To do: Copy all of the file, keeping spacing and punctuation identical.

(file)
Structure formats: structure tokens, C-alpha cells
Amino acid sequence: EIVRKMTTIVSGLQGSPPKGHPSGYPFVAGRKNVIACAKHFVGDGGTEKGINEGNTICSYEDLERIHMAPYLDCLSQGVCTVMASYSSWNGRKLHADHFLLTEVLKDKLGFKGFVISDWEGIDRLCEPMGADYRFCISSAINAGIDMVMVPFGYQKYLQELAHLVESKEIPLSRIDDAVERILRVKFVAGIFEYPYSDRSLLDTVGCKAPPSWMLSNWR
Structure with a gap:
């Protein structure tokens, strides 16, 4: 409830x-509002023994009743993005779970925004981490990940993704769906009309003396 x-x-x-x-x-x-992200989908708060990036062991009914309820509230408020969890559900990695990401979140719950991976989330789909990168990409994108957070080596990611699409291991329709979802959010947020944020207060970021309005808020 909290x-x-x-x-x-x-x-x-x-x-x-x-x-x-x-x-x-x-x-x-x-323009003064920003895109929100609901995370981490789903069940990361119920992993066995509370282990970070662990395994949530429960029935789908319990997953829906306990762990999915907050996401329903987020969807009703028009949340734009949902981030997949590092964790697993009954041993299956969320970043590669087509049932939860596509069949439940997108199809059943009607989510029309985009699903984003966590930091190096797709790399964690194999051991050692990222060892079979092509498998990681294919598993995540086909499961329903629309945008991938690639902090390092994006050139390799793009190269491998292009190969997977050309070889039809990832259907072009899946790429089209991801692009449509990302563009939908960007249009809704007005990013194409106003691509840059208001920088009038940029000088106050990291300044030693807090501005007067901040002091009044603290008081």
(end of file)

Structure formats: structure tokens, C-alpha cells
Amino acid sequence: EIVRKMTTIVSGLQGSPPKGHPSGYPFVAGRKNVIACAKHFVGDGGTEKGINEGNTICSYEDLERIHMAPYLDCLSQGVCTVMASYSSWNGRKLHADHFLLTEVLKDKLGFKGFVISDWEGIDRLCEPMGADYRFCISSAINAGIDMVMVPFGYQKYLQELAHLVESKEIPLSRIDDAVERILRVKFVAGIFEYPYSDRSLLDTVGCKAPPSWMLSNWR
Structure with a gap:
């Protein structure tokens, strides 16, 4: 409830x-509002023994009743993005779970925004981490990940993704769906009309003396 x-x-x-x-x-x-992200989908708060990036062991009914309820509230408020969890559900990695990401979140719950991976989330789909990168990409994108957070080596990611699409291991329709979802959010947020944020207060970021309005808020 909290x-x-x-x-x-x-x-x-x-x-x-x-x-x-x-x-x-x-x-x-x-323009003064920003895109929100609901995370981490789903069940990361119920992993066995509370282990970070662990395994949530429960029935789908319990997953829906306990762990999915907050996401329903987020969807009703028009949340734009949902981030997949590092964790697993009954041993299956969320970043590669087509049932939860596509069949439940997108199809059943009607989510029309985009699903984003966590930091190096797709790399964690194999051991050692990222060892079979092509498998990681294919598993995540086909499961329903629309945008991938690639902090390092994006050139390799793009190269491998292009190969997977050309070889039809990832259907072009899946790429089209991801692009449509990302563009939908960007249009809704007005990013194409106003691509840059208001920088009038940029000088106050990291300044030693807090501005007067901040002091009044603290008081």